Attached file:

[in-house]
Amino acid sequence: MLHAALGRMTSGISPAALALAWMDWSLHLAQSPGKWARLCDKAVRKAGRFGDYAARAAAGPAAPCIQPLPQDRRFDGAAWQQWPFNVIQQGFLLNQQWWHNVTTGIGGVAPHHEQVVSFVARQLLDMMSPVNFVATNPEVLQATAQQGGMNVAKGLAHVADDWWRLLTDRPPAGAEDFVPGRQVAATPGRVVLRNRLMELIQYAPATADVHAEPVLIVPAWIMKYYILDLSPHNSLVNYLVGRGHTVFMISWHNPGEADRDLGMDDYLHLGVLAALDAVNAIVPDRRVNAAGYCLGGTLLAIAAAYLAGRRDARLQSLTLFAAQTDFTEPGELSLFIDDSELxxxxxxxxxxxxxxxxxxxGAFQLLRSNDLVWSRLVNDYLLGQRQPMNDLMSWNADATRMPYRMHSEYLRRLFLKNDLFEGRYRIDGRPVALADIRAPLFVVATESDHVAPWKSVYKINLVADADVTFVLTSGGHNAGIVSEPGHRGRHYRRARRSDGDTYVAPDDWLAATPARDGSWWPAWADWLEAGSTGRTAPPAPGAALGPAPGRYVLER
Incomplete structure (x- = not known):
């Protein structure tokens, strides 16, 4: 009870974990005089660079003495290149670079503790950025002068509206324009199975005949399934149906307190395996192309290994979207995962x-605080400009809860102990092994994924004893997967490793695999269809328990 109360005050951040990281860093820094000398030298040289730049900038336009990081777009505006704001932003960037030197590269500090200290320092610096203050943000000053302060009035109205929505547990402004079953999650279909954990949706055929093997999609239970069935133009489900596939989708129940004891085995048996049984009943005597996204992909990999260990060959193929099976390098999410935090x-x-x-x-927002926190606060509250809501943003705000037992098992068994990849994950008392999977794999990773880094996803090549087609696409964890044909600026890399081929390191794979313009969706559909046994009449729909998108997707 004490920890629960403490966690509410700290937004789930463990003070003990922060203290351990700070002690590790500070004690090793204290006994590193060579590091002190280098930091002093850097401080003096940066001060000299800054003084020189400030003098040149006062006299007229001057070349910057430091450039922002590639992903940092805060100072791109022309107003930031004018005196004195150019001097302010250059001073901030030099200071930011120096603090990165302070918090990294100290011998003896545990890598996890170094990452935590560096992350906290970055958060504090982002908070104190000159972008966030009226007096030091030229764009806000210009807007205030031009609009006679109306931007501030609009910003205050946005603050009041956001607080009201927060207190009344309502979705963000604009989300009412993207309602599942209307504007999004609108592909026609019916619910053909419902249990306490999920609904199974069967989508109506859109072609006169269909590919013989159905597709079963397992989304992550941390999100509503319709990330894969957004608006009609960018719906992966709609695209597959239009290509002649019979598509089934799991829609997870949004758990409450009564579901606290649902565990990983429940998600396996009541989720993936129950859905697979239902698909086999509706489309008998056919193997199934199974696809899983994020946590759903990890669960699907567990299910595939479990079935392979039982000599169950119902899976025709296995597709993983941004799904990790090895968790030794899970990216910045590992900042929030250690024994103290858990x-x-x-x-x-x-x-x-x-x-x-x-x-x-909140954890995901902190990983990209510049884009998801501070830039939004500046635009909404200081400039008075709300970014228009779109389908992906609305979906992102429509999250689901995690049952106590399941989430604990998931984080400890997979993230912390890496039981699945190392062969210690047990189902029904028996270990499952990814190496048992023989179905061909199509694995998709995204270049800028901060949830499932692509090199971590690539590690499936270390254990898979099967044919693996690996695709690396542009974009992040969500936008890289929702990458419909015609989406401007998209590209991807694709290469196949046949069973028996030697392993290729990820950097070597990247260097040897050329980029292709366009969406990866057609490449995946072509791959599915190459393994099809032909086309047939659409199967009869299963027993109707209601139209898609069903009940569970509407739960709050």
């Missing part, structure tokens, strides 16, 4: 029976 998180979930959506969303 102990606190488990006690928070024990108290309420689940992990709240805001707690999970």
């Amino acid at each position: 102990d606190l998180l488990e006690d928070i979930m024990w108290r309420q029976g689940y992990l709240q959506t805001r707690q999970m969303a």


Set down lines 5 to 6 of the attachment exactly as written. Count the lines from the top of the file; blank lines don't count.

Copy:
């Missing part, structure tokens, strides 16, 4: 029976 998180979930959506969303 102990606190488990006690928070024990108290309420689940992990709240805001707690999970």
């Amino acid at each position: 102990d606190l998180l488990e006690d928070i979930m024990w108290r309420q029976g689940y992990l709240q959506t805001r707690q999970m969303a």